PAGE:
Herrick's Pills & Plasters
also see Herrick's Pills
The Herrick "Plasters" stamp was the first private die stamp printed by Butler & Carpenter. It was first issued November 18, 1862. The last delivery was on May 17, 1883, so it was produced for virtually the entire Civil War Tax period.
8,326,694 of the stamps were printed on old paper, 1,768,300 on silk paper and 1,822,949 on pink and watermarked papers. The copy shown is on silk paper.
A Herrick almanac from 1867.
This advertisement dates from the time that Herrick still owned the company and operated it from Albany, New York.
Herrick conducted business from Albany until 1868 or 1869, when it appears that he was bought out by L.W. Warner and Company and operations were moved to New York City. William Henry Hall, of Hall & Ruckel, became connected with the business around 1874. The firm was dissolved at the end of the Nineteenth Century, but the interests of Hall & Ruckel were continued through a new corporation formed in 1898. In 1907 the business was moved to Saint Louis.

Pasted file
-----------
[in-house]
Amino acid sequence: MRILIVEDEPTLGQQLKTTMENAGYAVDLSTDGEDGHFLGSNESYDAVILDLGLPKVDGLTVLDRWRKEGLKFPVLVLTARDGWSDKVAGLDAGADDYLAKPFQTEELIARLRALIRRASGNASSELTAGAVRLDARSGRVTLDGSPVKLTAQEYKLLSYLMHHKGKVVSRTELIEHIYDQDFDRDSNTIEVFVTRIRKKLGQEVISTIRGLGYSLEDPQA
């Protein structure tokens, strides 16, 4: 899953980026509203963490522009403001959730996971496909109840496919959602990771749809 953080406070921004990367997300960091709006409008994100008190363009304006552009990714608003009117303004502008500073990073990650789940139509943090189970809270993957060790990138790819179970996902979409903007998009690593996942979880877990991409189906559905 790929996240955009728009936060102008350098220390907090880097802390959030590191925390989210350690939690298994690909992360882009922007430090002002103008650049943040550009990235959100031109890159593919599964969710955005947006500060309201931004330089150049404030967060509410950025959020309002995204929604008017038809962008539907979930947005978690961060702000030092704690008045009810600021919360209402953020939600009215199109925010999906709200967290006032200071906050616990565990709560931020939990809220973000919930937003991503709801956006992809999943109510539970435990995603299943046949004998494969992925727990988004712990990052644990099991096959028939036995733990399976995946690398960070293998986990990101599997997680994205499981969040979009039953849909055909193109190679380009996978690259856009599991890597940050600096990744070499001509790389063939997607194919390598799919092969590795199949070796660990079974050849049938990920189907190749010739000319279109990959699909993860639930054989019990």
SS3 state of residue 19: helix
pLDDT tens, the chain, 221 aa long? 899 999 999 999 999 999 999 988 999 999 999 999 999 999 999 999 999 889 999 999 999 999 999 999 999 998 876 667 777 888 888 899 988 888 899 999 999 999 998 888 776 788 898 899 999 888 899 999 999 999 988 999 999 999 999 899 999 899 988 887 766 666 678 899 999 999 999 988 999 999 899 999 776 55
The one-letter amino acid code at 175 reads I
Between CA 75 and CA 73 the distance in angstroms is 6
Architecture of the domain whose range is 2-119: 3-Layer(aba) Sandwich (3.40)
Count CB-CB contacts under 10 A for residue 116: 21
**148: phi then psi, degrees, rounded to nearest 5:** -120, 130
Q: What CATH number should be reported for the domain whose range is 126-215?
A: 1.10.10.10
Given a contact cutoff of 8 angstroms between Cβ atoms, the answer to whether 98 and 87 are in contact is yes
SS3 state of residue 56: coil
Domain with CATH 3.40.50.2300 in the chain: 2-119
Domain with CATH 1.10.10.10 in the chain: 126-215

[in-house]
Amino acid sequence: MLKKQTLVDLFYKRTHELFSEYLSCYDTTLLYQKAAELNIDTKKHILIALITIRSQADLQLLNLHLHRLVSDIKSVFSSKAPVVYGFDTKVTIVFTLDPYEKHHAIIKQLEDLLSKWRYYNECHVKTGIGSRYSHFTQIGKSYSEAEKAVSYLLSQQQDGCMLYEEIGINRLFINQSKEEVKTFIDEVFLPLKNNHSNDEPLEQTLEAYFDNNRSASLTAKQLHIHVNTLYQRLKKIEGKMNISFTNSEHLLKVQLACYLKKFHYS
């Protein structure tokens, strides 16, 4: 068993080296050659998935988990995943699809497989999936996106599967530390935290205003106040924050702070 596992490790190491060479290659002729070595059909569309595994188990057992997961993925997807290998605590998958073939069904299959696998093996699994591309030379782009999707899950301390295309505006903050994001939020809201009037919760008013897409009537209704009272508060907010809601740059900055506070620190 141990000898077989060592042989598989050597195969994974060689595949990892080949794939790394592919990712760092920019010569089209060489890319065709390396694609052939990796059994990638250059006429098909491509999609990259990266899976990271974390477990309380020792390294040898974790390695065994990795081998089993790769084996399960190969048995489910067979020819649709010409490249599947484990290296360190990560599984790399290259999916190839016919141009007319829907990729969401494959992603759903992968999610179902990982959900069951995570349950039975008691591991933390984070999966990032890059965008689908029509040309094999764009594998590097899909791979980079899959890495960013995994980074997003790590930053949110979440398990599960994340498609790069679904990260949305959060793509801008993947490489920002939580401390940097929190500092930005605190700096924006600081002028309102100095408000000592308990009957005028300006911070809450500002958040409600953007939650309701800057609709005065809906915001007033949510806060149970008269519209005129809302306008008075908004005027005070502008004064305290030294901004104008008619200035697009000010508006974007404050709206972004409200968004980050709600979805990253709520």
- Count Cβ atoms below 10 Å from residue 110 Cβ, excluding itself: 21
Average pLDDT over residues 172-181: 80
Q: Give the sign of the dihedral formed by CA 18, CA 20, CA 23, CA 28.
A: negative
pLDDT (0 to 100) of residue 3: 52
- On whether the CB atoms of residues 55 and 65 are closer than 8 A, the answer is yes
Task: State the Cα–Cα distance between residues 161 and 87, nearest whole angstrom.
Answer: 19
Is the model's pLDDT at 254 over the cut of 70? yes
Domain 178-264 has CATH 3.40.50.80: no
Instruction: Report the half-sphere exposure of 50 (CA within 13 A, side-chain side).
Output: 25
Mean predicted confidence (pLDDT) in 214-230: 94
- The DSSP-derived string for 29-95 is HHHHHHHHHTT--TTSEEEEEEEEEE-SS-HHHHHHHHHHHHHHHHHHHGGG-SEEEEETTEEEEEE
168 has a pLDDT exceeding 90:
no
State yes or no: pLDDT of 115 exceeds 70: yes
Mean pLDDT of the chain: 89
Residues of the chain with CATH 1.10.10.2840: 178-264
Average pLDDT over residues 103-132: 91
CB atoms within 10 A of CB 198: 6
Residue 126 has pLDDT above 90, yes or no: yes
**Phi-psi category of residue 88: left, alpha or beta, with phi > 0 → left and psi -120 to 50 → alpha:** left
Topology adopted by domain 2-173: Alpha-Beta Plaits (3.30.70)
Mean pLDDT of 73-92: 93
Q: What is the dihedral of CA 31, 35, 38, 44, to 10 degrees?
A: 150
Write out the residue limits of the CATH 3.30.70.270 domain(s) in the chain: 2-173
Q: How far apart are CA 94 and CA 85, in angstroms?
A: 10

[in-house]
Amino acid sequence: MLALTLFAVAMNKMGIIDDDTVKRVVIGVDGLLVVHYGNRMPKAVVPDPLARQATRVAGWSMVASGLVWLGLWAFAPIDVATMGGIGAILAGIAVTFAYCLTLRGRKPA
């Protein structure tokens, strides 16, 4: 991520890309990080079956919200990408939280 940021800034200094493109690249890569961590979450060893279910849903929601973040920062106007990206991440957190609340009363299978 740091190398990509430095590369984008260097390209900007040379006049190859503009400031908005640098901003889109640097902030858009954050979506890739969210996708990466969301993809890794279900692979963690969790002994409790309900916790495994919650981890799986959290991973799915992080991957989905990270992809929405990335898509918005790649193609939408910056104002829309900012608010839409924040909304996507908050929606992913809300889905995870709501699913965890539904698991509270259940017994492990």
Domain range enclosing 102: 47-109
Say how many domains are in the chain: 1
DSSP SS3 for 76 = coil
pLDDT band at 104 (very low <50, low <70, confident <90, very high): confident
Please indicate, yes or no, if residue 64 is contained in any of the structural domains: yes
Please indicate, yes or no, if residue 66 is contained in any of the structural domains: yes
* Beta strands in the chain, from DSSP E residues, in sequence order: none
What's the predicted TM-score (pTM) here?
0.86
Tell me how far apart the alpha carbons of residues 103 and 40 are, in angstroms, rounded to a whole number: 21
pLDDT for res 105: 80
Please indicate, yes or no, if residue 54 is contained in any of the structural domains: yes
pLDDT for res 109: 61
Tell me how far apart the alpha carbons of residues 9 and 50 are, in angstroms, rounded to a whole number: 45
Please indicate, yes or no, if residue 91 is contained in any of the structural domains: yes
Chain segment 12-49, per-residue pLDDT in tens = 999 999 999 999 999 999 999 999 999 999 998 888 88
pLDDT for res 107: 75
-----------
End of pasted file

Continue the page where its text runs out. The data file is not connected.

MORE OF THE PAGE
A Pills & Plasters stamp used on a Kid Strengthening Plaster after the firm had been moved to New York City. Note the reference to a Canadian branch of Perry Davis & Son toward lower right.
The recipe of the plaster involved eight troyounces of galbanum, three troyounces of subcarbonate of iron, one troyounce of turpentine, three troyounces of Burgundy pitch, and thirty-six troyounces of plaster of lead.